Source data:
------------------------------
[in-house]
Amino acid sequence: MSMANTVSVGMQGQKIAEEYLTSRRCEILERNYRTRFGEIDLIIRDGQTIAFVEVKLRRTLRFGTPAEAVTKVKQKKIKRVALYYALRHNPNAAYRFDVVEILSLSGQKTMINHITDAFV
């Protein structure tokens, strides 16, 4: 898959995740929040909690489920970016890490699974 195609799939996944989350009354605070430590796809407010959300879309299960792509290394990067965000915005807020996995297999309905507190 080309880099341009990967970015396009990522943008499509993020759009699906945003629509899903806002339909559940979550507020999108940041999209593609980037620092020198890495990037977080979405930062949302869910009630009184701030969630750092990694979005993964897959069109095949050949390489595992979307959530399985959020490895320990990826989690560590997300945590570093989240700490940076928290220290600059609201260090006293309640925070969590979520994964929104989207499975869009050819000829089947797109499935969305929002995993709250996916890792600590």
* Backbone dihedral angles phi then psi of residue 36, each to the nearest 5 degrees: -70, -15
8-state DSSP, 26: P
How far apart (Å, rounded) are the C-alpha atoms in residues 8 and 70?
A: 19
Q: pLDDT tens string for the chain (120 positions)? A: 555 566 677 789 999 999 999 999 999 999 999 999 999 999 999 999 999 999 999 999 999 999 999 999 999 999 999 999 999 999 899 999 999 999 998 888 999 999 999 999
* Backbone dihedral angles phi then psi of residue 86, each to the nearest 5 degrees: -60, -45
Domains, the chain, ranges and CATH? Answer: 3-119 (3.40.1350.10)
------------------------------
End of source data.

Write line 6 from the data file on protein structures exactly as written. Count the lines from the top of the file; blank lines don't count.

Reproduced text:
How far apart (Å, rounded) are the C-alpha atoms in residues 8 and 70?